Eckhel, Joseph Hilary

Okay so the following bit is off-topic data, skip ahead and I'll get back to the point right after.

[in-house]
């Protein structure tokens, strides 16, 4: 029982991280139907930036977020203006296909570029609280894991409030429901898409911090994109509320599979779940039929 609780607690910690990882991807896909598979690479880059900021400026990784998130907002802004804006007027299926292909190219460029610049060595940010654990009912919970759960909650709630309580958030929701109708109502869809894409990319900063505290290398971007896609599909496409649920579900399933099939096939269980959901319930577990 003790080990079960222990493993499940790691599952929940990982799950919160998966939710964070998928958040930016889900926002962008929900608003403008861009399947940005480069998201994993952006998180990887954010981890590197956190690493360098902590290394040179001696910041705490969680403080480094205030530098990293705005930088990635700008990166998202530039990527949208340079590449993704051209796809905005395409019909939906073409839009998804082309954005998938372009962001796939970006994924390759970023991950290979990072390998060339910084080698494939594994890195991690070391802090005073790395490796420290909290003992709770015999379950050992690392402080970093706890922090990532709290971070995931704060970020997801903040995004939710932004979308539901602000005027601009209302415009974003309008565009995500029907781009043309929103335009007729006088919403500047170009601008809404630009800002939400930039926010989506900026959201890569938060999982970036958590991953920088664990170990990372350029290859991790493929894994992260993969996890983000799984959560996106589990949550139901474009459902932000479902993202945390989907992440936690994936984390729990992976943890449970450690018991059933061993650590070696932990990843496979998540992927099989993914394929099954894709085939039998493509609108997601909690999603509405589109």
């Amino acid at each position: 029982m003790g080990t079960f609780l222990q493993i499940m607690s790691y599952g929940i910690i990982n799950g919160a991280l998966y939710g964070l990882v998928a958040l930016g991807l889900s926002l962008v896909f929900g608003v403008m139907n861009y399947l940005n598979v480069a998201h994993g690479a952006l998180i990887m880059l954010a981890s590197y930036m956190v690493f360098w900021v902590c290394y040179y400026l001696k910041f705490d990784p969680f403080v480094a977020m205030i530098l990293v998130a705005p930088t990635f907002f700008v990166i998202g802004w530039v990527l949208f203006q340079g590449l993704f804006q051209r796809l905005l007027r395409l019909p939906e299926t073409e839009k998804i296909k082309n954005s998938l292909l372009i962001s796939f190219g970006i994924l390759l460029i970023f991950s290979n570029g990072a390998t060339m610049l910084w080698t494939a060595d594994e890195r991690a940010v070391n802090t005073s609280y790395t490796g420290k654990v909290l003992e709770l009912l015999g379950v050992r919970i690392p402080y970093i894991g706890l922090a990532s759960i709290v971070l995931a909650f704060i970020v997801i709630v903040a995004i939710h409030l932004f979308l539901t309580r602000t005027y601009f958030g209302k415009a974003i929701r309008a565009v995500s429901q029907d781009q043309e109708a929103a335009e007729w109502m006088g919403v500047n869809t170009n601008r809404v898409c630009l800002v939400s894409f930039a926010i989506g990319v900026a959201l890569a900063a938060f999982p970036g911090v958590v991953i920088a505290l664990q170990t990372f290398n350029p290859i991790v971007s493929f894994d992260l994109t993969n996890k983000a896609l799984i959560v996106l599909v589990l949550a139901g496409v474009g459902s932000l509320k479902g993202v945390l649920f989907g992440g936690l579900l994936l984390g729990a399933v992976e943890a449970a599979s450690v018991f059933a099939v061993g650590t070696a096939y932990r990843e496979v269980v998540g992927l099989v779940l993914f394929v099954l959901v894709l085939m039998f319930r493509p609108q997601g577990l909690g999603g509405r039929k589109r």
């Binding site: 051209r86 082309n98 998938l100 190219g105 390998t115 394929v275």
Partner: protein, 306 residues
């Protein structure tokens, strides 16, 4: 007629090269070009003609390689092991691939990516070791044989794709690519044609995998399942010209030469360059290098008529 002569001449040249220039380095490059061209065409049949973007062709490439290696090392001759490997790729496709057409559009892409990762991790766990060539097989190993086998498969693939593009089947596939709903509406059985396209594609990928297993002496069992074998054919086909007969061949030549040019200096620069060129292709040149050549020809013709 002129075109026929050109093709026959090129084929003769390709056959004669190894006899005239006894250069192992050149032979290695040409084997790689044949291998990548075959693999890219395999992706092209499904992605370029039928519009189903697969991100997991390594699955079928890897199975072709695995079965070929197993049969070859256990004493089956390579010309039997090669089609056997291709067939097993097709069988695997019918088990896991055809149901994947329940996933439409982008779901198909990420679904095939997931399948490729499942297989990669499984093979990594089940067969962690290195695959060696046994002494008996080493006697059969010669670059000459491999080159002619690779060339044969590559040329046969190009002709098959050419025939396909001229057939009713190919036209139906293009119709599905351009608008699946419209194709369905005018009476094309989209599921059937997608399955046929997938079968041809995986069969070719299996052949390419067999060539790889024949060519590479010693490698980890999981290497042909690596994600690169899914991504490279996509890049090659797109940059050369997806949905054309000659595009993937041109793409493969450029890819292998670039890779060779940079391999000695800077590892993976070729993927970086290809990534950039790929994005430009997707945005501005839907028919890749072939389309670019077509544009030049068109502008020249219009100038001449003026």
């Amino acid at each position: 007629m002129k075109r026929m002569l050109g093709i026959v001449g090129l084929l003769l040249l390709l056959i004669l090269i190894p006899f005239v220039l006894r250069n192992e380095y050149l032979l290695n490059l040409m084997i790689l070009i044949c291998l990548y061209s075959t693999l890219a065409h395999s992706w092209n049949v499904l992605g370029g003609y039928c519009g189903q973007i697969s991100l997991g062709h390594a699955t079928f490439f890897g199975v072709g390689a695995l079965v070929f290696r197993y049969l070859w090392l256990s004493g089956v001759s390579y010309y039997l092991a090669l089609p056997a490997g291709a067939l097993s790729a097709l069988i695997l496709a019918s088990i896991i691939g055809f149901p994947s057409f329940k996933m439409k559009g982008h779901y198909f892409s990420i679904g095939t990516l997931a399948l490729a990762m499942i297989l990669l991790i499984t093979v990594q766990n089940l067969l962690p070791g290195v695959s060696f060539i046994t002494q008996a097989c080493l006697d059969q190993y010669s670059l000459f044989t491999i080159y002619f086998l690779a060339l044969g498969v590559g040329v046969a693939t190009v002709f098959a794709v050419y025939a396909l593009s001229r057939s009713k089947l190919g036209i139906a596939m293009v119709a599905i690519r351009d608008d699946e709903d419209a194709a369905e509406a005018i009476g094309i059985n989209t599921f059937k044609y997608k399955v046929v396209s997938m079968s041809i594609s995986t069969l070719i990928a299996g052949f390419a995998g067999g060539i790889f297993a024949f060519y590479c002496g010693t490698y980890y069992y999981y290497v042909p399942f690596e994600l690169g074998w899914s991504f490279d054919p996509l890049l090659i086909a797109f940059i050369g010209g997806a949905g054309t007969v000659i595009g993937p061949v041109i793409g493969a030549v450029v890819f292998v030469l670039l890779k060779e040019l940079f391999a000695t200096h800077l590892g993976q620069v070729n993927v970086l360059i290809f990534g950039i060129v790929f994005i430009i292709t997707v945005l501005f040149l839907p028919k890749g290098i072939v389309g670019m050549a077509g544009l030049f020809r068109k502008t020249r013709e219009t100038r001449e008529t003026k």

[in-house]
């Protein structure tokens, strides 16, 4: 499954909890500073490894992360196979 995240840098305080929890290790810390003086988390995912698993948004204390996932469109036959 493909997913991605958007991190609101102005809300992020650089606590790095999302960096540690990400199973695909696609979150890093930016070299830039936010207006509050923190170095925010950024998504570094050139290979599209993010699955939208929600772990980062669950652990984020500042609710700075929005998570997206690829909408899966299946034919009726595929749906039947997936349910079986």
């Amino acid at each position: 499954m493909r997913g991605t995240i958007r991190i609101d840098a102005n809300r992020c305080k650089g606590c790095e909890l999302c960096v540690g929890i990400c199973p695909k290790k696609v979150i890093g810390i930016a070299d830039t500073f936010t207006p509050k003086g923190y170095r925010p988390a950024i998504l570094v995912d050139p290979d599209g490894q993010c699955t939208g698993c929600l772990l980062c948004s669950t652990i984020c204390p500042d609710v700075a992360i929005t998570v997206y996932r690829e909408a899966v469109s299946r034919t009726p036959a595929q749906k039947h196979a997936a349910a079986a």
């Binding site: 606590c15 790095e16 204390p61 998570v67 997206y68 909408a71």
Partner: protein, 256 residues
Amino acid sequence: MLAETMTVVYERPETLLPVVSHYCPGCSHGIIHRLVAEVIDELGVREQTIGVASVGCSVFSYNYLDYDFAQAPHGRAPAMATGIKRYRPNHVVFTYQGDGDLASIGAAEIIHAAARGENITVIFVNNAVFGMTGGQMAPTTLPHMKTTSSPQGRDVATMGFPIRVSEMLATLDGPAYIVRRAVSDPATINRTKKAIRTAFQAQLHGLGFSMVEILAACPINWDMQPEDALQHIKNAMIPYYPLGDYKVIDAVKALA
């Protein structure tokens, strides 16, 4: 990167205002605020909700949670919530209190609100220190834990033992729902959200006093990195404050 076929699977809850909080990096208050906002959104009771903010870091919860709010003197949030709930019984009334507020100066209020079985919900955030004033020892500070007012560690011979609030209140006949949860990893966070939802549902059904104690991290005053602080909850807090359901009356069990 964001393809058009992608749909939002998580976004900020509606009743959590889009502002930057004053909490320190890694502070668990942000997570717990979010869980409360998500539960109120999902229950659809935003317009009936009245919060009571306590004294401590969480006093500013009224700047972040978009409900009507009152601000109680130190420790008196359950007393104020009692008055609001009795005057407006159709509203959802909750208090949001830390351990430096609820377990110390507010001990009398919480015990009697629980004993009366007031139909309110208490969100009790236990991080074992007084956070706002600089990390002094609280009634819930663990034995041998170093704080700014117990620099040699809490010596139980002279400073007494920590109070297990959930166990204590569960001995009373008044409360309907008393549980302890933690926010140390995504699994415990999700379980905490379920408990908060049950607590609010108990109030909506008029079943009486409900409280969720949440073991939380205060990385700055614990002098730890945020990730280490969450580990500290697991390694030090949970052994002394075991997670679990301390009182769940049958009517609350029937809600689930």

, an eminent antiquary and medallist, was born at Entzesfield in Austria, Jan. 13, 1737, and in 1751 entered the order of the Jesuits at Vienna, with whom he studied philosophy, mathematics, divinity, and the learned languages. His skill in medals, which appeared very early, induced his superiors to give him the place of keeper of their cabinet of medals and coins. In 1772, he was sent to Rome, where Leopold II. grand duke of Florence, employed him to arrange his collection, and on his return in 1774, he was appointed director of the imperial cabinet of medals at Vienna, and professor of antiquities. In 1775 he published his first valuable work, under the title of “Nummi veteres anecdoti ex museis Csesareo Vindobonensi, Florentine magni Ducis Etruriw, | Granelliaho nunc Ceesareo, aliisque,Vienna, 4to, in which he arranges the various articles according to the new system which he had formed, and which promises to be advantageous from its simplicity, although it has some trifling inconveniencies. This was followed by his “Catalogus Musei Caesarei Vindobonensis Nummorum veterum,Vienna, 1779, 2 vols. fol. This has only eight plates, containing such articles as had never been published, or were not noticed in his preceding work. In 1786 he published “Sylloge nnmmorum veterum anecdotorum thesauri Cbb­sarei,Vienna, 4to, and “Descriptip nuinmorum Antiochae Syriae, sive specimen artis criticse numerariff,” ibid. In 1787 he published, in German, a small elementary work on coins for the use of schools, but which has been thought better adapted to give young persons a taste for the science than to initiate them in it. This was followed, in 1788, by his “Explanation of the Gems” in the Imperial collection, a very magnificent book. In 1792 he published the first volume of his great work on numismati­<:al history, entitled “Doctrina munmorum veterum,” and the eighth and last volume in 1798; the excellent method and style of this work, and the vast erudition displayed, place aim at the head of modern writers on this subject, and have occasioned the remark that he is the Linnæus of his science. This very eminent antiquary died May 16, 1798. 1